2 Questions to Protect Against Stress

Stress creeps up on you like a thief and sometimes you don’t even realize what’s been images-3stolen. This is especially true for your health. You look around one day and you notice you’ve lost the ability to do something you used to enjoy. Here are just a few of the sneaky things stress can do to you:

  1. You’re trying to eat better so you can get lean and healthy. Stress will drive you to your  comfort foods.
  2. You want to add a healthy new activity to your routine. Stress will encourage you to do it later.
  3. You want to rest and relax. Stress creates urgency and anxiety, making rest difficult.

The biggest puzzle I struggled with in practice was why, after recovering from a problem, patients wouldn’t do the things I recommended to avoid a relapse. Sure, they followed my recommendations when pain kept them from doing what they wanted or needed. But when their pain stopped, too often they went back to the same lifestyle that led to the problem and would show up at my office in pain again a few months later. Their commitment to change was driven only by their discomfort. Stress can make us make bad choices.

There is a difficulty factor to add any new habit into your life. Stress makes that change harder. It’s uncomfortable and creates an urgency to find a way to fix it. Whether you realize it or not you are dealing with your stress right now. Maybe you crash out on the couch when you get home. Maybe you sit and search through channel after channel on your TV and never get up and do something else. These are simply ways you have learned to manage your stress.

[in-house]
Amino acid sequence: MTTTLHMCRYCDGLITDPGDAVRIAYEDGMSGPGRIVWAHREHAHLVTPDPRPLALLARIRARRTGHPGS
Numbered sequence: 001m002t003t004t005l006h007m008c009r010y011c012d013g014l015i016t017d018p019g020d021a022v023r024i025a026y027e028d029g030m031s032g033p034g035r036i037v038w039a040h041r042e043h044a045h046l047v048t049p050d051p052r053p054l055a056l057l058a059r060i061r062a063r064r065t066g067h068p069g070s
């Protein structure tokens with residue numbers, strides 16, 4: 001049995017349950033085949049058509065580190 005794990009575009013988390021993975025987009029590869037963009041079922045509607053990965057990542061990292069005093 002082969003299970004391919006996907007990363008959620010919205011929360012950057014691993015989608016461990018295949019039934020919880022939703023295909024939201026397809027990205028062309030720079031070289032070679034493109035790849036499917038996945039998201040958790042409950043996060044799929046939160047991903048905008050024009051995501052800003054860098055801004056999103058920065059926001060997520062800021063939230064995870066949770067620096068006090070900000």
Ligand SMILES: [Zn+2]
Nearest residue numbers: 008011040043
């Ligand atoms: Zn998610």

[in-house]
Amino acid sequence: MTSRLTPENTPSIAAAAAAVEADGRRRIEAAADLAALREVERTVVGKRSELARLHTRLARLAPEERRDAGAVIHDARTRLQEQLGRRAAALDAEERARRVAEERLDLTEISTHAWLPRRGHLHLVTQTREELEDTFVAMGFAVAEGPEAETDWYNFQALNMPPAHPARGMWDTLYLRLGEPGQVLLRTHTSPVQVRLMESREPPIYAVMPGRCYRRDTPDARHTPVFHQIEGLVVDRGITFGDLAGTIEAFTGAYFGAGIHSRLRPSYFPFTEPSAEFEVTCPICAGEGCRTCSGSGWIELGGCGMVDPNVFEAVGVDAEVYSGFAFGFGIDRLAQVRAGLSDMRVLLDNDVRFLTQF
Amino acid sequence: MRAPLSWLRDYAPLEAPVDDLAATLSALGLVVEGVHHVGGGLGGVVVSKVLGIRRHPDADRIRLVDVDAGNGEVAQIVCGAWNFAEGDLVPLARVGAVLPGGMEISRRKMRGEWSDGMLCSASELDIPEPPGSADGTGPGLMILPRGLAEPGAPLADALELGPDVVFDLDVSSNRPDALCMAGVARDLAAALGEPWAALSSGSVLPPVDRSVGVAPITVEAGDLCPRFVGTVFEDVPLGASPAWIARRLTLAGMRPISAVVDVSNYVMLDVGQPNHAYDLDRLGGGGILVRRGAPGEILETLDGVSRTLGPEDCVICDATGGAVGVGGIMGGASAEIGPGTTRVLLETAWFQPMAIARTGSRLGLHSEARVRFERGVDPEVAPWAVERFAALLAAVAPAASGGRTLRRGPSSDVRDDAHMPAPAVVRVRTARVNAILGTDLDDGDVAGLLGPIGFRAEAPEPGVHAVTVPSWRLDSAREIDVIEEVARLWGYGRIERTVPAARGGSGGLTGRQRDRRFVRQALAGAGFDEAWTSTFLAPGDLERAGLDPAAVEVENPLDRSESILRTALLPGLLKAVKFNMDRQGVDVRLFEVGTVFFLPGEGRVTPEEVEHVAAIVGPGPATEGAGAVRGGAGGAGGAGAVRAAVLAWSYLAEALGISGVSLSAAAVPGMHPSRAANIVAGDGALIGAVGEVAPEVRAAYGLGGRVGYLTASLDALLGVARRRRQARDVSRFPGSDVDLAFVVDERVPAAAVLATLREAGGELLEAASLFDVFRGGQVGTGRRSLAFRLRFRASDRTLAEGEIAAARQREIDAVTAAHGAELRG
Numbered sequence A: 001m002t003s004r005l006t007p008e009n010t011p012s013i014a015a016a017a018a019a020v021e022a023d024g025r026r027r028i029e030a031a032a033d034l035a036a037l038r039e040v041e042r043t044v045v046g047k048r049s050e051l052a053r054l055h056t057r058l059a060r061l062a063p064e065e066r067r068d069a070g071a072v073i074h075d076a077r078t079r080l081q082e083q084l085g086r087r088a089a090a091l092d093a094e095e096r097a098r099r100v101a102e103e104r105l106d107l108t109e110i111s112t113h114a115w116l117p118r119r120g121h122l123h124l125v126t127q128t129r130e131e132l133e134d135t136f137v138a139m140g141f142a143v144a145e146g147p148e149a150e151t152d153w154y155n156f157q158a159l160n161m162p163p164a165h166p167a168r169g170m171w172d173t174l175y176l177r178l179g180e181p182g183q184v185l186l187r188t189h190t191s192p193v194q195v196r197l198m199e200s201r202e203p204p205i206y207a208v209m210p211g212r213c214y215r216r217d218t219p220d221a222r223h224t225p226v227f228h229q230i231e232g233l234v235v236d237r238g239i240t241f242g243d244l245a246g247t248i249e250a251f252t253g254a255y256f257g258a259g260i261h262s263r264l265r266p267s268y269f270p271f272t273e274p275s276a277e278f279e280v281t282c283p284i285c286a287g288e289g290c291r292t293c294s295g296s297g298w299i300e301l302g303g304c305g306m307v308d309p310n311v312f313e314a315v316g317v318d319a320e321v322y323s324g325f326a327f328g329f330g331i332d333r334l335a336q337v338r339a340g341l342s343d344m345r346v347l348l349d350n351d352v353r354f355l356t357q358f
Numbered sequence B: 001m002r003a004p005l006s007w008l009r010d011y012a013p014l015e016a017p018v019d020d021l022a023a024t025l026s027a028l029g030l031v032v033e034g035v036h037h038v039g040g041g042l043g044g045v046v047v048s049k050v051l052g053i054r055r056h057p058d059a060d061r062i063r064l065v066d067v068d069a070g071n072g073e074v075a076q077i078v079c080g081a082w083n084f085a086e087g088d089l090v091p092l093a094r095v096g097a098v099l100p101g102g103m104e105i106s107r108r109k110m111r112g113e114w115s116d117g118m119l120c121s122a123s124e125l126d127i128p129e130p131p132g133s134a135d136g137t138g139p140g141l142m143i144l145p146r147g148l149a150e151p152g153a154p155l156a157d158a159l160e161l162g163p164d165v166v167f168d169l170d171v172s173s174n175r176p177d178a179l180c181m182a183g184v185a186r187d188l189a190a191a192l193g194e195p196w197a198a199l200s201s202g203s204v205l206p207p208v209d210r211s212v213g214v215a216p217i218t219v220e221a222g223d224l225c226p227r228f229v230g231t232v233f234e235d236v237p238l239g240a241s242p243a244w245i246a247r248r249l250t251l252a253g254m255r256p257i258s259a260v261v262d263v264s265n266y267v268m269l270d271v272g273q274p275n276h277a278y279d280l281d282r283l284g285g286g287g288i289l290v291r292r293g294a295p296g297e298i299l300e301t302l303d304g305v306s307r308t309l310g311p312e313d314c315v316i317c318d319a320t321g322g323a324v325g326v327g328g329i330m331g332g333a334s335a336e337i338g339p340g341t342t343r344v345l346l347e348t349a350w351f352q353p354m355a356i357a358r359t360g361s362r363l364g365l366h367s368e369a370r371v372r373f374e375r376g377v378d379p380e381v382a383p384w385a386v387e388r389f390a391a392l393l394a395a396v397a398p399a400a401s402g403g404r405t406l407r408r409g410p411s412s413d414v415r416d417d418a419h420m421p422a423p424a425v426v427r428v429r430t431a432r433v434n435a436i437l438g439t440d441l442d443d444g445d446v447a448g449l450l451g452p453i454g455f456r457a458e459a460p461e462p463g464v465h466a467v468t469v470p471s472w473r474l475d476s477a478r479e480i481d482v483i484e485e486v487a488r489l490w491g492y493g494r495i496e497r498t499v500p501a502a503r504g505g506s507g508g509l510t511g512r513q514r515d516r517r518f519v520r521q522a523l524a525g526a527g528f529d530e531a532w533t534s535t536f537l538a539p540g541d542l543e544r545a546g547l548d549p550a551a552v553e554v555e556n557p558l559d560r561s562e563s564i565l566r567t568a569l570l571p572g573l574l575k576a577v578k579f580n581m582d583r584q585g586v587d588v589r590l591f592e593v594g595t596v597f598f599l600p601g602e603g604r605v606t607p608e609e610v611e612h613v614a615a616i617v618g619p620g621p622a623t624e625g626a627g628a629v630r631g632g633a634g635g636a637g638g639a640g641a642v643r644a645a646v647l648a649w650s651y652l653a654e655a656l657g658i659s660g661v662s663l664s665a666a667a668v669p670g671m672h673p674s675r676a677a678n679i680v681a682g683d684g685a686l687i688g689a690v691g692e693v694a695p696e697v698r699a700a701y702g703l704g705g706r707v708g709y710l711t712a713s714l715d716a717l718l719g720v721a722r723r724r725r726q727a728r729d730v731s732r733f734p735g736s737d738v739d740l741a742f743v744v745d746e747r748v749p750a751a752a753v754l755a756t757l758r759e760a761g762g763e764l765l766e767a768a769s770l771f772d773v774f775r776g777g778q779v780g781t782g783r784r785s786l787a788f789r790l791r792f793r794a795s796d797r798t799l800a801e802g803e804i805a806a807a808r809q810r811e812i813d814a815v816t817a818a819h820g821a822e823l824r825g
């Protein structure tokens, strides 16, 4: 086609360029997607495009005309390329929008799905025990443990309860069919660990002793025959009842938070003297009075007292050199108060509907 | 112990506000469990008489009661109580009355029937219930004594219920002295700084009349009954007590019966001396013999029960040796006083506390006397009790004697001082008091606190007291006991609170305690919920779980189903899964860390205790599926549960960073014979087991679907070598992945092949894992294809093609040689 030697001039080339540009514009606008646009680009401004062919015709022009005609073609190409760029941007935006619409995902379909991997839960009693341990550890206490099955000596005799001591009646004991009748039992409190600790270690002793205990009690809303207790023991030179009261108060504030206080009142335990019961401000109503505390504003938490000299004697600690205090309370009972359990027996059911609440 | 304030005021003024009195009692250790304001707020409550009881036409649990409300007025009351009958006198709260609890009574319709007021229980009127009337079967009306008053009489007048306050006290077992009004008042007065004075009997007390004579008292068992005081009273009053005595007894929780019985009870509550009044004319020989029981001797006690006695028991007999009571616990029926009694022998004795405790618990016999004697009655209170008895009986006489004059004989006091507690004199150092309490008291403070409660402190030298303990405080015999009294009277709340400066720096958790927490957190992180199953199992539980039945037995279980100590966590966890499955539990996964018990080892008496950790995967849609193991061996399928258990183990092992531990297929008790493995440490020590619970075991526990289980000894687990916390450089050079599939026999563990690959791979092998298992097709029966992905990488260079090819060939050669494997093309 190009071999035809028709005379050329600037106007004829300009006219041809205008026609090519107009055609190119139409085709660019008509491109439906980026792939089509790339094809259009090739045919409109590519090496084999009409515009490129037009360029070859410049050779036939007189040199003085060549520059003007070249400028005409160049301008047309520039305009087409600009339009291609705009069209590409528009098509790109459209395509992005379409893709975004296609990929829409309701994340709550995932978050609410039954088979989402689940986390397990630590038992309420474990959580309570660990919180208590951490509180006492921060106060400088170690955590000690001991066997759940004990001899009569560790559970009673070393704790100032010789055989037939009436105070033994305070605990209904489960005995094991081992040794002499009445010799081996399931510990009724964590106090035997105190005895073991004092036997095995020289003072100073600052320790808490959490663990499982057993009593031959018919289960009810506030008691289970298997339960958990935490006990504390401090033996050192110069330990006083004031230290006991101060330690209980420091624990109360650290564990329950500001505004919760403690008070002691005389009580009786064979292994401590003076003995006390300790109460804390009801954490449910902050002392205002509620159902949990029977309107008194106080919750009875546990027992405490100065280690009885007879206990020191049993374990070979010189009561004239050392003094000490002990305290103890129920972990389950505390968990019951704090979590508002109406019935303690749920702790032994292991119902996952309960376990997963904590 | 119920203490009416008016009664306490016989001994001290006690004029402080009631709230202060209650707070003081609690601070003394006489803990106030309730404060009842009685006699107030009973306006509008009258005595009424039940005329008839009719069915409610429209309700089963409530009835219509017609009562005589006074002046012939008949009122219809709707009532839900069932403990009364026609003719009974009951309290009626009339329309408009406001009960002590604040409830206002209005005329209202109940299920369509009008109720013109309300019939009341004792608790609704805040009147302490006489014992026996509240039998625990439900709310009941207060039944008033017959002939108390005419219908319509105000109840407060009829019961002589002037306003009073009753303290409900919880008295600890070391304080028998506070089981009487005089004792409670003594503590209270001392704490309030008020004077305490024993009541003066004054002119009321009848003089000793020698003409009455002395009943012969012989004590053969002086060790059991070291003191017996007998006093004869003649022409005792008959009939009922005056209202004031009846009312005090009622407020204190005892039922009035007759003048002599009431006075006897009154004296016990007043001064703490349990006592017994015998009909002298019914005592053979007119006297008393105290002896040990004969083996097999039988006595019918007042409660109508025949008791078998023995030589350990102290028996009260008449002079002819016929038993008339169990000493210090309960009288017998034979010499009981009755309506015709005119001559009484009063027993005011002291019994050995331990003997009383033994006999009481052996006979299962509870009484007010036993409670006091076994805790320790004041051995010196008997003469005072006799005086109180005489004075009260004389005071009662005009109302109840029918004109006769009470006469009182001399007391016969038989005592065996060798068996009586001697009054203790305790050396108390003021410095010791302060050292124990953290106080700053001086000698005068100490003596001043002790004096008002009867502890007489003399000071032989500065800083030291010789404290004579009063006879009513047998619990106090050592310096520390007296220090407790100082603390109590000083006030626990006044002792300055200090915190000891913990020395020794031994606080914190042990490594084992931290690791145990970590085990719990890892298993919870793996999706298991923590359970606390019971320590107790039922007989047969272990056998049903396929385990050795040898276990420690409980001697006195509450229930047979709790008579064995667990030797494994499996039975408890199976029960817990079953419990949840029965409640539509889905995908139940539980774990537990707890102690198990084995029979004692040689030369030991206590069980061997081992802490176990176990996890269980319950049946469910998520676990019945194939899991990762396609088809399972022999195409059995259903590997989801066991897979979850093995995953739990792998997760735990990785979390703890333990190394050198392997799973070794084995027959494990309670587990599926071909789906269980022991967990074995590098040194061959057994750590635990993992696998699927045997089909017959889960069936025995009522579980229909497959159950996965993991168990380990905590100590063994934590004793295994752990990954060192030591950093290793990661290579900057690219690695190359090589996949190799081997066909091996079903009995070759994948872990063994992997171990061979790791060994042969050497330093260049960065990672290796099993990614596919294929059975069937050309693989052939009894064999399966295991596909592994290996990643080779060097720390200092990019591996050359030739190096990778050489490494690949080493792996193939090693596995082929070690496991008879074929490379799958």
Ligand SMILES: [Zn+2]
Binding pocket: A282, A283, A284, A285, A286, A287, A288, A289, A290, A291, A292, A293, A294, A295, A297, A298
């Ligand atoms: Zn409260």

In fact, your brain will keep offering you ways to reduce stress until one works. That’s why diets don’t work. Diets create stress and your brain will continue to offer you ways to reduce it until you pick one. Do you want a sandwich? How about a bite of that cheesecake? How about another? The demand to lower your stress is relentless and it wants you to do something NOW! In fact, most of your bad habits are directly related to your level of stress.

So to sum up, you are already dealing with stress, just in a way that doesn’t produce the results you want. But before you jump ahead of me with a promise to do better, let me make a radical suggestion. Ask yourself the following two questions and be ruthless with your answers:

1) “Where is my stress coming from?” Identify the source as best you can. Determine if it is a person or a situation (like a job).


2) “How can I reduce it?” I’m going to guess you probably are not satisfied with the way you’re reducing it right now.

If it means making a change, make it. Take the chance. Don’t look back. Every person whose life you admire found a way to overcome the stress around them and make their contribution to the world. Your contribution is worth the risk. It is an essential part of the solution to a problem or a breakthrough in someone’s life so don’t let it die in you.

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